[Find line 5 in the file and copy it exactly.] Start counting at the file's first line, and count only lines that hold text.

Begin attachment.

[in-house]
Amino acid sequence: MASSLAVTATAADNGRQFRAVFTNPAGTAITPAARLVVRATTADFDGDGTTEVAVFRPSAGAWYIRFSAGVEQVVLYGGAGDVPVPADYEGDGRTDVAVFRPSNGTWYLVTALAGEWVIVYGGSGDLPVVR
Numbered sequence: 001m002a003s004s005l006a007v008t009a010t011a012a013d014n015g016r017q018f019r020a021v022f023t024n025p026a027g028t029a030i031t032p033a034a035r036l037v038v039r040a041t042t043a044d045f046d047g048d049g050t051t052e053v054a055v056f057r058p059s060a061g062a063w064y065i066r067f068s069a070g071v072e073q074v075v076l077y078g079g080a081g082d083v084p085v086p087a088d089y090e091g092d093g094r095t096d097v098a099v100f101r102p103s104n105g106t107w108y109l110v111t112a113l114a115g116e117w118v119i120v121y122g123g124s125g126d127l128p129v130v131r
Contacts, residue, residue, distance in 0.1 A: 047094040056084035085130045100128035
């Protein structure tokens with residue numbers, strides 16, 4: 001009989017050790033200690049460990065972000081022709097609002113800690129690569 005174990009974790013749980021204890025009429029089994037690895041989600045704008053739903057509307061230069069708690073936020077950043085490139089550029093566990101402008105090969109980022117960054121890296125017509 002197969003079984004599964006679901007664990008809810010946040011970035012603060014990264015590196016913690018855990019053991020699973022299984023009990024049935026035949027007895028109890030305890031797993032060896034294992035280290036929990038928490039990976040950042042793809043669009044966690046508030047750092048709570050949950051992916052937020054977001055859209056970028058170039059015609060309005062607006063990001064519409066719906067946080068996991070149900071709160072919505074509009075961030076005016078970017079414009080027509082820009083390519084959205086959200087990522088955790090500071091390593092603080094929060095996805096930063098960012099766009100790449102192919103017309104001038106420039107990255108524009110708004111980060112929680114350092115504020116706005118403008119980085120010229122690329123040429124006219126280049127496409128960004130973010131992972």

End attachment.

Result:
């Protein structure tokens with residue numbers, strides 16, 4: 001009989017050790033200690049460990065972000081022709097609002113800690129690569 005174990009974790013749980021204890025009429029089994037690895041989600045704008053739903057509307061230069069708690073936020077950043085490139089550029093566990101402008105090969109980022117960054121890296125017509 002197969003079984004599964006679901007664990008809810010946040011970035012603060014990264015590196016913690018855990019053991020699973022299984023009990024049935026035949027007895028109890030305890031797993032060896034294992035280290036929990038928490039990976040950042042793809043669009044966690046508030047750092048709570050949950051992916052937020054977001055859209056970028058170039059015609060309005062607006063990001064519409066719906067946080068996991070149900071709160072919505074509009075961030076005016078970017079414009080027509082820009083390519084959205086959200087990522088955790090500071091390593092603080094929060095996805096930063098960012099766009100790449102192919103017309104001038106420039107990255108524009110708004111980060112929680114350092115504020116706005118403008119980085120010229122690329123040429124006219126280049127496409128960004130973010131992972």